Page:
Lately, there have been widespread reports of lower-than-expected gas prices this summer and it might be tempting to conclude that the the analysis was misplaced. However, as is well known, petroleum is a fungible commodity with a global market and a common international trading value. Lower upward pressure on price is the result of depressed demand from the world-wide economic slump and more supply coming on line in the US from newly-open oil fields and large-scale natural gas fracking.
So the original argument still holds. At whatever global price of a barrel of oil, it will be higher than otherwise if Iranian petroleum is kept off the market or traded at a higher cost necessary to evade US-imposed sanctions. There is also likely to be a general "risk premium" from the elevated chance of regional war that adds to the market price of Middle East oil.
Below is the article as it appeared in CounterPunch (March 2-4, 2012). Other versions appeared in the Bay State Banner (March 1, 2012), and the Dorchester Reporter (March 8, 2012); a letter making the same point was published in the Boston Globe (March 21, 2012).
Sanctions, Threats and Speculators
War Tax at the Gas Pump
by JEFF KLEIN
It’s hard to miss the higher cost of gas every time we fill up our cars these days, but the News Media doesn’t do a very good job of explaining why. There isn’t any mystery, though, if you read the financial press and oil industry sources: We’re paying extra for gas because of rising tensions in the Middle East and especially the scare over a possible US or Israeli attack on Iran. In effect, we’re paying a “war tax” at the gas pump, and the cost will only get higher unless we put aside the talk of war and get down to serious diplomacy to settle the differences in the region.
Here’s what the Wall Street Journal had to say recently, under the headline Oil Rise Imperils Budding Recovery:
Rising oil prices are emerging once again as a threat to the U.S. economic recovery just as it appears to be gaining momentum. Oil prices have climbed sharply in recent weeks as mounting tension with Iran has raised the threat of a disruption in global supplies. On Wednesday, oil futures on the New York Mercantile Exchange rose $1.06 to $101.80 a barrel on reports that Iran had cut off sales to six European countries in response to the European Union’s newly stepped-up sanctions.
The world market price for oil is headed upward of $110 a barrel, which could translate into $4 gasoline before too long. If an actual war breaks out, we could soon be remembering the current price at the pump as “cheap gas”.
But what about “Drill Baby Drill” to lower the price of gas – as the Republicans demand? Political rhetoric aside, the reality is that there is a world market price for petroleum which cannot be significantly lowered by marginal increases in US supply. International oil prices are rising even as US oil production has increased during the past decade. Do you think US suppliers are going to sell us domestically-produced oil at a discount lower than the world market price? Keep dreaming. That’s just not the way the oil companies do business.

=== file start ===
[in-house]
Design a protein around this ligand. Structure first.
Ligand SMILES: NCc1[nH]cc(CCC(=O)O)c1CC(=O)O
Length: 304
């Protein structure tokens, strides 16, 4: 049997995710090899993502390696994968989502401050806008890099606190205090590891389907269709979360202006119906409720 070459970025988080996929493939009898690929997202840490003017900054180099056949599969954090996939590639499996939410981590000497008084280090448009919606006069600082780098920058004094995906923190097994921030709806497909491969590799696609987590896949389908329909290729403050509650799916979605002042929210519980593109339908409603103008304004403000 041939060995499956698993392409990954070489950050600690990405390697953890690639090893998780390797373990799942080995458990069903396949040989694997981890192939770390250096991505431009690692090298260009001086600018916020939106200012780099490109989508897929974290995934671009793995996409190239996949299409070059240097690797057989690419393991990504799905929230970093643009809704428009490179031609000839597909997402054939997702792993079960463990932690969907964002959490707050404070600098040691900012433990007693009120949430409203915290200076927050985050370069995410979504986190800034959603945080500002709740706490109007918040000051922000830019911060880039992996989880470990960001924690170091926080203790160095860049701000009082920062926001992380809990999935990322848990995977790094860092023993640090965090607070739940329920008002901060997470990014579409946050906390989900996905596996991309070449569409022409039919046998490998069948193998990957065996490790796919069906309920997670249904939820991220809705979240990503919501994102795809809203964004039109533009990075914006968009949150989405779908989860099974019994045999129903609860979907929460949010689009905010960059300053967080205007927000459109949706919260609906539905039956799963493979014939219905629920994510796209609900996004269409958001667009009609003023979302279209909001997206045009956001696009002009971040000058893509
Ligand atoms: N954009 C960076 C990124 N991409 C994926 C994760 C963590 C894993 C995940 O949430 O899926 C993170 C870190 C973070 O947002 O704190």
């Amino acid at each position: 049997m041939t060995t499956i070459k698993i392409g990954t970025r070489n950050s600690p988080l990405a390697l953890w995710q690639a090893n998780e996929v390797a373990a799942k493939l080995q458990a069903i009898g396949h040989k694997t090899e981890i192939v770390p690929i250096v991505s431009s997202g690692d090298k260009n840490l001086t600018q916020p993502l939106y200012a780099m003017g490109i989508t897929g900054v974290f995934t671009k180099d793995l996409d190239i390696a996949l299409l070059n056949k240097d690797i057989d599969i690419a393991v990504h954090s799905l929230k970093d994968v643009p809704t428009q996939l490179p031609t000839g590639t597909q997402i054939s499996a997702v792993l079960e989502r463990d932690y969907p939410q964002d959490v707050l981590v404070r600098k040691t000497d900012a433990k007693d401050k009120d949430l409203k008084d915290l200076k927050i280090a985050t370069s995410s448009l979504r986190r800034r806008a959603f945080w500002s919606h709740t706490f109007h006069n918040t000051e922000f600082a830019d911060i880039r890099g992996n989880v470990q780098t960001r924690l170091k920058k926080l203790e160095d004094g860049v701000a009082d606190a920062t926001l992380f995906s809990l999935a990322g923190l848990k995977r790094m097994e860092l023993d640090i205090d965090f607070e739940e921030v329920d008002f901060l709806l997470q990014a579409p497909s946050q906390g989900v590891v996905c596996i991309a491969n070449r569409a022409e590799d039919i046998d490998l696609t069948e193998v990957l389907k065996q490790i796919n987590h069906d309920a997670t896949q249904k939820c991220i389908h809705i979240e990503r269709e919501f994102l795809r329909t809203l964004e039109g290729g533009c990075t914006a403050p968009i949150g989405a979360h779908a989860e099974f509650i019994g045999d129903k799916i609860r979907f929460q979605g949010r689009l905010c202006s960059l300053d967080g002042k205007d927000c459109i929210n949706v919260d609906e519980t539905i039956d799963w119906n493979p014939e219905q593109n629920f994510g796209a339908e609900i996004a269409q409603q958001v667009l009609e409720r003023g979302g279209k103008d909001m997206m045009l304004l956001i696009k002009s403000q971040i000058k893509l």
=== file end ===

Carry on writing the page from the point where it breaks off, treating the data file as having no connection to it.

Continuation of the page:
For example, after the US Arctic oil fields were developed and the TransAlaska pipeline came into service – despite serious environmental objections – large amounts of Alaskan oil were exported rather than sold in the lower 48 states. Between 1996 and 2004 almost a 100 million barrels of Alaska crude were shipped to Japan, Taiwan, Korea and China. Direct export of North Slope oil was eventually banned by Congress, but refined petroleum products – gasoline, heating oil, jet fuel – continue to be shipped abroad from refineries in Alaska and the lower 48. Today Gulf Coast refineries find it more profitable to sell gasoline to Latin America instead of shipping it to the East Coast, where the law would require them to use US-flagged tankers with American crews. The US is now a net exporter of refined petroleum products, even as the rising price of gas continues to put a strain on struggling families with no alternative means of transportation.
But an even higher war tax on gas is not inevitable. Diplomacy with Iran could still diffuse the conflict before the unthinkable happens. Despite all the alarmist and warmongering rhetoric, especially from Republican presidential candidates, we are not facing an imminent nuclear threat from Iran. US intelligence agencies are unanimous in judging that Iran does not have an active nuclear weapons program at this time. In fact, the Iranians – like all the other countries in the Middle East except Israel – have signed the Nuclear Non-Proliferation Treaty and they have the right under its safeguards to produce low-enriched uranium for power plants and medical research. All of Iran’s nuclear materials are under real-time inspection by the International Atomic Energy Agency. The only nuclear weapons in the Middle East right now are the hundreds of warheads belonging to the US and Israel.
Despite this reality – and in the face of opinion polls showing Americans prefer a diplomatic solution to the Iran issue rather than a military conflict – some politicians seem determined to drive us into yet another Middle East war. Ironically, the very same politicians who are trying to make a partisan issue out of the price of gas are the ones who are pressing for policies to sharpen the regional tensions that have caused them to rise.
After the bitter experience of Iraq and Afghanistan, we should have learned enough to demand a peaceful way out of this conflict. If we fail, a new war could have unpredictable and catastrophic results throughout the region. Of course, in that case, $5 gas might be the least of our problems.
Jeff Klein is a retired local union president active with Dorchester People for Peace (email@example.com)